The time has now come for action on the effect of the global financial crisis on women, and other problems such as stereotyping, gender-based violence, unfair budgeting, lack of work opportunities and social protection for women, and the plight of women migrants.

On the eve of its 30th anniversary, Alberdi spells out the Convention on the Elimination of All Forms of Discrimination against Women (CEDAW) for IPS. The first of a two-part interview.

IPS: How would you explain CEDAW to someone who has not heard about it?

INES ALBERDI: Across the globe, women confront manifold violations of their human rights – when they cannot articipate in the decisions that affect their lives or claim fair political representation, when they face discrimination in employment, when they are denied entitlement to land and property, or when they suffer violence within their own home.

CEDAW is the means by which governments around the world have undertaken legal human rights obligations to combat these violations, and advance gender equality. It is the core international agreement on women’s human rights.

Ratified by 186 U.N. member states, CEDAW encompasses a global consensus on the changes that need to take place. Under CEDAW, states are required to eliminate the many different forms of gender-based discrimination women confront, not only by making sure that there are no existing laws that directly discriminate against women, but also by ensuring that all necessary arrangements are put in place that will allow women to experience equality.

IPS: It probably means a lot to a whole generation of women who fought for women’s rights. Could you mention some of the challenges faced at the time it was adopted?

IA: This varied of course from country to country. In my own country, Spain, the struggle for women’s rights was part of the broader struggle for democratisation in the country.

Under the dictatorship, women had almost no rights, we couldn’t vote, or work outside the house without our husband’s permission for example. Reproductive rights were extremely limited, as they were in the vast majority of countries. This was very similar in countries in Latin America, where women’s rights movements emerged in the context of democratisation movements.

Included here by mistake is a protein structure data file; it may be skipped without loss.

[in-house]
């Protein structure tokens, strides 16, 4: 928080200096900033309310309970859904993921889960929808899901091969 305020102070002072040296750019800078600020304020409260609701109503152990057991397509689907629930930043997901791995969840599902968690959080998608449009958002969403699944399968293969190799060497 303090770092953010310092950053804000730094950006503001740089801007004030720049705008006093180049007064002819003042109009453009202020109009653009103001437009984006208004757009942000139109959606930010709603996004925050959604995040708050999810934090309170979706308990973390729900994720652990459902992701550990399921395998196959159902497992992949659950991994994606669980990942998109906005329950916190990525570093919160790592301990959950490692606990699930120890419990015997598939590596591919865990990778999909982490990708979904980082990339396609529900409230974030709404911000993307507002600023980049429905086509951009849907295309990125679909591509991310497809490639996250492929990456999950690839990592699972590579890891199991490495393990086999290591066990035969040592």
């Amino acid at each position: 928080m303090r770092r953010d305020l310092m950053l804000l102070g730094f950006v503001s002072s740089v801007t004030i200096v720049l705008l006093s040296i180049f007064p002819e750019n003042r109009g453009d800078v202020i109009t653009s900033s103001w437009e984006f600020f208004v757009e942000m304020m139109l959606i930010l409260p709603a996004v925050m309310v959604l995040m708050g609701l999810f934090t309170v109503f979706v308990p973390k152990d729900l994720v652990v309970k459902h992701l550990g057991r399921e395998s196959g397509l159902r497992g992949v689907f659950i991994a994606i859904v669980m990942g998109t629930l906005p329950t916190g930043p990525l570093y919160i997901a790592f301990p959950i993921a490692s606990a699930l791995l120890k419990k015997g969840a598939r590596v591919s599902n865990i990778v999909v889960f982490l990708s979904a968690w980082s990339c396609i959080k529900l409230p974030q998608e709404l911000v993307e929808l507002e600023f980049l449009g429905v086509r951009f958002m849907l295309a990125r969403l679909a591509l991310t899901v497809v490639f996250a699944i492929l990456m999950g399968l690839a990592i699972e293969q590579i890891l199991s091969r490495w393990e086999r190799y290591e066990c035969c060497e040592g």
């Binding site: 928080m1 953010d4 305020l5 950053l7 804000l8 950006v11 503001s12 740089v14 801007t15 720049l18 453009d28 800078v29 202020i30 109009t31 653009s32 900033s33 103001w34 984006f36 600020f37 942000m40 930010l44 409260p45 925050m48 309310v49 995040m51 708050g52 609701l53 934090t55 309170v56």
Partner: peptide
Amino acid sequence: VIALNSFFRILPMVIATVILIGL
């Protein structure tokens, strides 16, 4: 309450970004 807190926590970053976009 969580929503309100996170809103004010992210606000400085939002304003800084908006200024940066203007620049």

In the U.S., this movement came out of, and in connection with the civil rights movement, and later it was very much identified with the struggle for reproductive rights, while in many other places the women’s movement was linked to a movement for national liberation.

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Q&A: Italian Women At A Loss

Miren Gutierrez* and Oriana Boselli interview IVANKA CORTI, former president of the CEDAW Committee

ROME, Oct 21 (IPS) – On the eve of the 30th anniversary of the Convention on the Elimination of All Forms of Discrimination against Women (CEDAW), Italy is far from attaining gender equality.

“I think that something is changing…however, the Convention is still not very well known in Italy, and what has been ratified hasn’t been implemented yet,” says Ivanka Corti, former president of the CEDAW Committee.

According to the latest global gap report index, in Europe only the Czech Republic, Romania, Greece, Cyprus and Malta have bigger gender gaps than Italy. Italy ranks 67 among the 130 countries in the index.

CEDAW was adopted by the U.N. General Assembly in 1979, and Italy ratified it in 1985. Italian women are 51.4 percent of the population and 55.8 percent of university students, but their political and economic power is way below equality.

Politics shows the biggest gap, but discrimination can also be found in the workplace, according to the report Education at a Glance 2009, published by the Organisation for Economic Cooperation and Development (OECD). According to the report, having a university degree pays off 2.36 times as much for men than for women in Italy. The average for the OECD, which includes 30 of the most developed countries, is 1.4.